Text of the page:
Multiple Choices After School
Findings from the Extended-Service Schools Initiative
How we did this
The study was conducted by the research organizations Public/Private Ventures and MDRC. They adopted a multi-method approach to understand the breadth of programming experiences and delve deeply into specific issues. Methods included observational assessments of program activities, interviews with participating youth and their parents, in-depth site visits, and organizational surveys.
The Extended-Service Schools Initiative supported the creation of 60 afterschool programs in 20 communities around the country. The effort provided an opportunity to identify and examine overarching issues in providing afterschool opportunities to youth. The initiative was launched in 1997 by the predecessor to The Wallace Foundation, the Wallace-Reader’s Digest Funds.
- School-based, afterschool programs can be put in place fairly quickly and improve over time.
- Demand for the programs was high. Among the 10 programs that were intensively studied, eight considered themselves to be operating at capacity by their second year of operations.
- Locating afterschool programs in schools serving low-income families is an effective means of targeting services to children who need them most. However, special efforts are required if programs are going to be able to attract older youth and the most high-needs students in those schools.
- Different kinds of activities provided opportunities for youth to develop in different areas. By participating in a range of challenging and interesting activities, young people have the chance to develop new skills and interests, build positive and supportive relationships with adults and peers, and develop a sense they matter through making decisions and taking on leadership roles.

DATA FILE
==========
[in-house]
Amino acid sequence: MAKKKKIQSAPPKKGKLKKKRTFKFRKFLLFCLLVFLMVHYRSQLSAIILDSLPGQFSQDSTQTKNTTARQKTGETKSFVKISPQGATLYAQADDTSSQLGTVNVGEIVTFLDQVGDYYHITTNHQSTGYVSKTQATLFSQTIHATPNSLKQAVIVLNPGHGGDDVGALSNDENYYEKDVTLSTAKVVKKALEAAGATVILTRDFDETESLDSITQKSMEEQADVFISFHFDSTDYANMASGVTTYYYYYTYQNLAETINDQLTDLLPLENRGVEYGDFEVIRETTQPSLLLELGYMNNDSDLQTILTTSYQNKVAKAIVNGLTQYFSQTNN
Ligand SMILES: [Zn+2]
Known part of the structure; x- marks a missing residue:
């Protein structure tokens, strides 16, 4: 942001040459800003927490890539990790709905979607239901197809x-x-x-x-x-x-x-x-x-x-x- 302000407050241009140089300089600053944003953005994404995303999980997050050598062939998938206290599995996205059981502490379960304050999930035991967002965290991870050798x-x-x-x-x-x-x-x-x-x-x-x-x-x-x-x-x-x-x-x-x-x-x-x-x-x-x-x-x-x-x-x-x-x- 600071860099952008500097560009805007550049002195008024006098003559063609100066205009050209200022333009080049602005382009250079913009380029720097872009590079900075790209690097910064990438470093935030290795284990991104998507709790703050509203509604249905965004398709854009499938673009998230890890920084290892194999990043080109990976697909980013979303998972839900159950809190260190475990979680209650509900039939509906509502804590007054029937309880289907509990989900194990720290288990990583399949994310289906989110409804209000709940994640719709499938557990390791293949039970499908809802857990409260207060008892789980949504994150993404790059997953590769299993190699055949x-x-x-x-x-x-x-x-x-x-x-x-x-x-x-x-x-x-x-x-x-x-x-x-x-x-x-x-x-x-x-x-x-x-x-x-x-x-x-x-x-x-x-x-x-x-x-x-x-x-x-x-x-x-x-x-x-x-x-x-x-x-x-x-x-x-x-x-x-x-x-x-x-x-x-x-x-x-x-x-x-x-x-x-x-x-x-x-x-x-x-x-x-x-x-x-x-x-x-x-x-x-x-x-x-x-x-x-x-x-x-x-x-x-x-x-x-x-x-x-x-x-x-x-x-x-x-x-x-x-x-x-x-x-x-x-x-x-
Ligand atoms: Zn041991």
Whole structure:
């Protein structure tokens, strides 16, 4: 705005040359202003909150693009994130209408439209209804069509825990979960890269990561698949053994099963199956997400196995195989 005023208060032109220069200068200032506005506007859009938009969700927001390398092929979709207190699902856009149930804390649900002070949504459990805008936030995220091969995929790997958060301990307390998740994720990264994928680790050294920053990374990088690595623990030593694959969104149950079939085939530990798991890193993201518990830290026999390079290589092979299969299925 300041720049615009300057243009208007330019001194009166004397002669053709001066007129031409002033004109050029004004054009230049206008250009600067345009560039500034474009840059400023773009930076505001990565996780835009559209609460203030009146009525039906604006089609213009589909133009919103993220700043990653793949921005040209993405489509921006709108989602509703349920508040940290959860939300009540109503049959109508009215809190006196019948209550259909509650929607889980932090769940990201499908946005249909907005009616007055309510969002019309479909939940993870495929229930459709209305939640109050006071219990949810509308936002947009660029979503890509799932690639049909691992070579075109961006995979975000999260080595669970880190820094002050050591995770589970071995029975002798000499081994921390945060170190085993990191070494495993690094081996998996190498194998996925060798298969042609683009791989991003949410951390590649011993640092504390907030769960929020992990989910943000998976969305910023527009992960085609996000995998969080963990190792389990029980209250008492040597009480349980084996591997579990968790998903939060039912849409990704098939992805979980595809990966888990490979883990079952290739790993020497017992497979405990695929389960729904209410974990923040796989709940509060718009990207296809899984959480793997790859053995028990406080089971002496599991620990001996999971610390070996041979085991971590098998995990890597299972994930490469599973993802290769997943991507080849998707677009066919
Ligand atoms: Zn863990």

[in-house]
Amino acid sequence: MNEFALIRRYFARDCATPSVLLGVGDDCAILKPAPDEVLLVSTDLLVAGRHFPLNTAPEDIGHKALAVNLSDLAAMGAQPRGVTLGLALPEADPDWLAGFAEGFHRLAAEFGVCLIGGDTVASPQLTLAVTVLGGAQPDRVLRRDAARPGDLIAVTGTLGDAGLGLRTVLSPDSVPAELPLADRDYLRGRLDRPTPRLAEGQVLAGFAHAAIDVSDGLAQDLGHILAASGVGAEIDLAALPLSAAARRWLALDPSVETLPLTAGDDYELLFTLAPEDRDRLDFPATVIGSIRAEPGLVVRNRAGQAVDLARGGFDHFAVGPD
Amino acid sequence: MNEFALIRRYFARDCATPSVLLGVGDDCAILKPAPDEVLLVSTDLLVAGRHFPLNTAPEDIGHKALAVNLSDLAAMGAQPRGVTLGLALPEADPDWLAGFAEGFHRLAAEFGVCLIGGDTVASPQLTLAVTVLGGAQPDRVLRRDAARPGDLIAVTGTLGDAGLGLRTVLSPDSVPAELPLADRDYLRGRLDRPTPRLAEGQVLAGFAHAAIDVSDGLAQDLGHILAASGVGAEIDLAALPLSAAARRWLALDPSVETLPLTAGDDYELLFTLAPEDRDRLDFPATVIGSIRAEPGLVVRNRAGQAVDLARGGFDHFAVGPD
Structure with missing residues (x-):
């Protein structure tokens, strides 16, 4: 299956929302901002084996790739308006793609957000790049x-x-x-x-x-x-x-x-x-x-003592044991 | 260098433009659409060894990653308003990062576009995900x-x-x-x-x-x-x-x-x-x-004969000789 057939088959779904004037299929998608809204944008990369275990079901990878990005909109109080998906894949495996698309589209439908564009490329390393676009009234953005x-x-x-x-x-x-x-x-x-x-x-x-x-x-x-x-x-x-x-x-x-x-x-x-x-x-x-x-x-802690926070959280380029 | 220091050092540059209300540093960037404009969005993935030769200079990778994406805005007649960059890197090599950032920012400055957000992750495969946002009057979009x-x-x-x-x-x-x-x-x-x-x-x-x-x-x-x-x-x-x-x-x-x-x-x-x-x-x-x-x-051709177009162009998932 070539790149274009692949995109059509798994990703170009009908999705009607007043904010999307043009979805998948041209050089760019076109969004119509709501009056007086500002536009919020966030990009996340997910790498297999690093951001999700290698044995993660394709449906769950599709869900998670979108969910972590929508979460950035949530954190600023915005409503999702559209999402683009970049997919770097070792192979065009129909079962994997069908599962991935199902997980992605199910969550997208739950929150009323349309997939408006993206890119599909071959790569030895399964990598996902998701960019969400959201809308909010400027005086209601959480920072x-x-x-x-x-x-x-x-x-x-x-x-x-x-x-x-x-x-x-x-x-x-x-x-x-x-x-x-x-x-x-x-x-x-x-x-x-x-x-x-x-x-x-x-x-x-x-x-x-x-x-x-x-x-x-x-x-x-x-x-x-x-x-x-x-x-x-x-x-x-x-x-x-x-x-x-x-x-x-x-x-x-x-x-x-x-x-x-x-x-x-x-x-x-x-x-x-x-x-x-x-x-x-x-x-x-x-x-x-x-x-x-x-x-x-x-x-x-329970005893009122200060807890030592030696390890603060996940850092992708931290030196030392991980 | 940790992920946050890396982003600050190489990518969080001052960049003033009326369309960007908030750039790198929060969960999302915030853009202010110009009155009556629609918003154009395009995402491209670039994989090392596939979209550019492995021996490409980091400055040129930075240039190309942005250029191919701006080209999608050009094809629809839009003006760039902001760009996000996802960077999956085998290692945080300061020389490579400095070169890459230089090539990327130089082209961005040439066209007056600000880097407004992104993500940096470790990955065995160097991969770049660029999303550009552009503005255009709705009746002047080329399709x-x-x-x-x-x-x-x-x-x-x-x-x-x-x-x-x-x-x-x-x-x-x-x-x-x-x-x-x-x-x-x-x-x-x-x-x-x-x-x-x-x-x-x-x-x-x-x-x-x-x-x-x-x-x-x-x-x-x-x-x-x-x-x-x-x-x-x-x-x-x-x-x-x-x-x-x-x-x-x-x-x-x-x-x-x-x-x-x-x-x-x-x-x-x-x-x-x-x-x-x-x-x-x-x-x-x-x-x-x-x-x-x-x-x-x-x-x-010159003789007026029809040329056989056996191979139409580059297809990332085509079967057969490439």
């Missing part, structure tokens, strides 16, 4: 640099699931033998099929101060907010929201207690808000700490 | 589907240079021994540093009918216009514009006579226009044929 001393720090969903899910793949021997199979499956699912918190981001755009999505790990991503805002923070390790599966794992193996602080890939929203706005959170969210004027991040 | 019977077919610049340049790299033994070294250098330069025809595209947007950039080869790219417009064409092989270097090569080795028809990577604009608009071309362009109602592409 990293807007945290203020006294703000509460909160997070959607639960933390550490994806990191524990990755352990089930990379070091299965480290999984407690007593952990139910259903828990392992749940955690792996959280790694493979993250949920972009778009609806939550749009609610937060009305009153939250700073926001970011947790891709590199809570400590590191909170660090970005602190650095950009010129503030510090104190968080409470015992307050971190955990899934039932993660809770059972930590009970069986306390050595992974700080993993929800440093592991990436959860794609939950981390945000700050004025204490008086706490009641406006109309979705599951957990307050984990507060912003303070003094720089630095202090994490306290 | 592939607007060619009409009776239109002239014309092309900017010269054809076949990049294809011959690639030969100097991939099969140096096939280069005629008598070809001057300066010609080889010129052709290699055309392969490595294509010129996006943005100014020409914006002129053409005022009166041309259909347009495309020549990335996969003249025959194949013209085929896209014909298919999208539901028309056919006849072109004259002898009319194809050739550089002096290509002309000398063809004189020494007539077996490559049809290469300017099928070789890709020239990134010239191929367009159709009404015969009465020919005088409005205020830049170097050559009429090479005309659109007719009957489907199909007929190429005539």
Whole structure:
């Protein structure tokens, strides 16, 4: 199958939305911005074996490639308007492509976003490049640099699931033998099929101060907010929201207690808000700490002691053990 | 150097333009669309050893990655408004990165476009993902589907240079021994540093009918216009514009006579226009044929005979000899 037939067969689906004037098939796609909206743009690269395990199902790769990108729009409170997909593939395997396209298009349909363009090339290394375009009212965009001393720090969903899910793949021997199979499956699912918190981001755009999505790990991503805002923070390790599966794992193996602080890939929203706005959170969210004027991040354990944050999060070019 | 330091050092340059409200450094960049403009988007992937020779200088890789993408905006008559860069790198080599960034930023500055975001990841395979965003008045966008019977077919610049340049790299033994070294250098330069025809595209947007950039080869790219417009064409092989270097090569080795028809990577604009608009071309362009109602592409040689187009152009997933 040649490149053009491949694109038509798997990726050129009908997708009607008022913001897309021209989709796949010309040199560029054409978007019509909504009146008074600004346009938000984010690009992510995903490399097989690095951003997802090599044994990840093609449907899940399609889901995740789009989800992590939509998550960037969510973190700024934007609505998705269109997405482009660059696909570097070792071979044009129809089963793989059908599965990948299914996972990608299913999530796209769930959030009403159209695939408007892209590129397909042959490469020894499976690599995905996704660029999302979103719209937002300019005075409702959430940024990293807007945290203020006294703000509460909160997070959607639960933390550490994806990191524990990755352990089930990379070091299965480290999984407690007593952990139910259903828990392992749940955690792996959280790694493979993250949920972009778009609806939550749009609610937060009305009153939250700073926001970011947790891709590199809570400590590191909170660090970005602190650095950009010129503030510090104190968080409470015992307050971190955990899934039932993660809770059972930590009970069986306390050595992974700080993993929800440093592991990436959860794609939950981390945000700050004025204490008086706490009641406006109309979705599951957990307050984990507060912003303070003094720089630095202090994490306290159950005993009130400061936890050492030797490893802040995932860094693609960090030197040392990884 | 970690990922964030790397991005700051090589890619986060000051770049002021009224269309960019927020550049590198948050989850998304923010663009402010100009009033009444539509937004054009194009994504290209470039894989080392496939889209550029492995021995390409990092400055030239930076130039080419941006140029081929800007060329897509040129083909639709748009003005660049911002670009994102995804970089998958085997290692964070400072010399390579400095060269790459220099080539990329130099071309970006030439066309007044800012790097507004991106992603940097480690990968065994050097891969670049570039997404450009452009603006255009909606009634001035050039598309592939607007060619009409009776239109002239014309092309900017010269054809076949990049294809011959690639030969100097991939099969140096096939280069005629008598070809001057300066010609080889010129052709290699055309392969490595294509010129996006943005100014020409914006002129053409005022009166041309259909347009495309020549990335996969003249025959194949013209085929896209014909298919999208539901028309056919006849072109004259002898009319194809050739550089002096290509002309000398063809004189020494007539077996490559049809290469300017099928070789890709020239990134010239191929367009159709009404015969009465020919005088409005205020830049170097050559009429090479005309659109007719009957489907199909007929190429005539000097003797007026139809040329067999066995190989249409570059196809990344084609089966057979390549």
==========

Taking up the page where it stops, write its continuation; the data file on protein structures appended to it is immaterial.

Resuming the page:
- Program characteristics affect participation patterns. For example, programs that served, in part, as childcare for parents were more likely to mandate five-day-a-week enrollment. Programs that required tutoring as a daily activity might have discouraged attendance from youth who felt frustrated with academics.
- Cost varied considerably, depending as much on program choices, opportunities, and local conditions as on the number of children served.
Given the increasing challenges to children’s lives and the increasingly more complex sets of skills and abilities that are required for success in the workplace of the twenty-first century, we may need to revisit how and where we make investments in our nation’s children.
- There is no single approach that meets all young people’s needs when it comes to providing afterschool programs.
- Afterschool activities have the potential to provide a wide range of developmental supports and opportunities to children and youth. It is how staff deliver the activities, not the topic or skill being addressed, that determines the strength of those opportunities.
- Participation in the afterschool programs was associated with improved school attitudes and behaviors and with a greater likelihood of staying out of trouble.
- Schools and school districts are essential sources of support.
Extended-Service Schools Adaption Sites
Materials and Downloads
What We Don't Know
Afterschool programs could benefit from more information on attracting and serving older youth. Also, at the time of the study it was too early to know whether afterschool programs had an impact on students’ grades and test scores. Because most of the initiative's programs were new and students participated, on average, fewer than two days a week and only for a year, the researchers did not expect to find changes in grades. Thus, they instead examined indicators of academic improvement, such as youth’s sense of competence in school.